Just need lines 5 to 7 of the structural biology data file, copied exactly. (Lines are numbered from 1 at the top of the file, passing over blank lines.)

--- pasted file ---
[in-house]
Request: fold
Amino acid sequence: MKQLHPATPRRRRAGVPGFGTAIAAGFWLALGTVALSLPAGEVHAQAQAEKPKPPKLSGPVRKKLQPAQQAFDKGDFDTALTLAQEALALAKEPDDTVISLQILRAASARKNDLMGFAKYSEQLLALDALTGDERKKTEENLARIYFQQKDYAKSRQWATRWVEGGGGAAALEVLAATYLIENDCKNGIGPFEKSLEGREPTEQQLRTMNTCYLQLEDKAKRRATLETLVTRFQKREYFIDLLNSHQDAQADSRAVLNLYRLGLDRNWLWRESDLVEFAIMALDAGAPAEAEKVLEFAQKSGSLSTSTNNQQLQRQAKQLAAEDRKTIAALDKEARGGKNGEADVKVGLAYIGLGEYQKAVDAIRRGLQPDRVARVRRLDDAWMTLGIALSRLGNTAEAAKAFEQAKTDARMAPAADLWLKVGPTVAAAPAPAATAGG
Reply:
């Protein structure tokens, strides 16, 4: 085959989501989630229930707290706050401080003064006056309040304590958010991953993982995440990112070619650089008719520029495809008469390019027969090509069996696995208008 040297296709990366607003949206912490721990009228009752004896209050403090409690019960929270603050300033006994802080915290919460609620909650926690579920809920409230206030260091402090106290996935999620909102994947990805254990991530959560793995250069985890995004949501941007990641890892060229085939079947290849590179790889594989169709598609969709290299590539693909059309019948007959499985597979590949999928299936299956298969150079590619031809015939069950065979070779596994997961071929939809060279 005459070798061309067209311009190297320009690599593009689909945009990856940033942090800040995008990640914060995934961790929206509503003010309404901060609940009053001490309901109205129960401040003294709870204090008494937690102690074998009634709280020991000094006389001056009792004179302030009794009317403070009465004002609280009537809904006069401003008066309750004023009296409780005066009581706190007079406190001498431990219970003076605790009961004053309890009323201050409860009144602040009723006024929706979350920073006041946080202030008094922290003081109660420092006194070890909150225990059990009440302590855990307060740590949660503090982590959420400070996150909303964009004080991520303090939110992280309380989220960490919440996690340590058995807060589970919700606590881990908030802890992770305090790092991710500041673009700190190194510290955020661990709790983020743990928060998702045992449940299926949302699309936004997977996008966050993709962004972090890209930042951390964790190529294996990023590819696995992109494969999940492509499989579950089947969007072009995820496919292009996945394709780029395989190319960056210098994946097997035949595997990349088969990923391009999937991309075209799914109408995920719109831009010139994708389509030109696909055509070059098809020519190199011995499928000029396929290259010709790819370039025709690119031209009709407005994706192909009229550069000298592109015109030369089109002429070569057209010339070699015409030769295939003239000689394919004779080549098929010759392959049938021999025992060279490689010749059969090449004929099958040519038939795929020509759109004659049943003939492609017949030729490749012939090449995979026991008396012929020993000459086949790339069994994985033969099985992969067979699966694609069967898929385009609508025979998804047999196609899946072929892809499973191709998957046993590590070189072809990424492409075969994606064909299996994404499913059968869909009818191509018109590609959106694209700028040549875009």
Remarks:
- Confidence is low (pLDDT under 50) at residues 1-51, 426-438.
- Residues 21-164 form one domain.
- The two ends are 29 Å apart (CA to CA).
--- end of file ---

């Protein structure tokens, strides 16, 4: 085959989501989630229930707290706050401080003064006056309040304590958010991953993982995440990112070619650089008719520029495809008469390019027969090509069996696995208008 040297296709990366607003949206912490721990009228009752004896209050403090409690019960929270603050300033006994802080915290919460609620909650926690579920809920409230206030260091402090106290996935999620909102994947990805254990991530959560793995250069985890995004949501941007990641890892060229085939079947290849590179790889594989169709598609969709290299590539693909059309019948007959499985597979590949999928299936299956298969150079590619031809015939069950065979070779596994997961071929939809060279 005459070798061309067209311009190297320009690599593009689909945009990856940033942090800040995008990640914060995934961790929206509503003010309404901060609940009053001490309901109205129960401040003294709870204090008494937690102690074998009634709280020991000094006389001056009792004179302030009794009317403070009465004002609280009537809904006069401003008066309750004023009296409780005066009581706190007079406190001498431990219970003076605790009961004053309890009323201050409860009144602040009723006024929706979350920073006041946080202030008094922290003081109660420092006194070890909150225990059990009440302590855990307060740590949660503090982590959420400070996150909303964009004080991520303090939110992280309380989220960490919440996690340590058995807060589970919700606590881990908030802890992770305090790092991710500041673009700190190194510290955020661990709790983020743990928060998702045992449940299926949302699309936004997977996008966050993709962004972090890209930042951390964790190529294996990023590819696995992109494969999940492509499989579950089947969007072009995820496919292009996945394709780029395989190319960056210098994946097997035949595997990349088969990923391009999937991309075209799914109408995920719109831009010139994708389509030109696909055509070059098809020519190199011995499928000029396929290259010709790819370039025709690119031209009709407005994706192909009229550069000298592109015109030369089109002429070569057209010339070699015409030769295939003239000689394919004779080549098929010759392959049938021999025992060279490689010749059969090449004929099958040519038939795929020509759109004659049943003939492609017949030729490749012939090449995979026991008396012929020993000459086949790339069994994985033969099985992969067979699966694609069967898929385009609508025979998804047999196609899946072929892809499973191709998957046993590590070189072809990424492409075969994606064909299996994404499913059968869909009818191509018109590609959106694209700028040549875009």
Remarks:
- Confidence is low (pLDDT under 50) at residues 1-51, 426-438.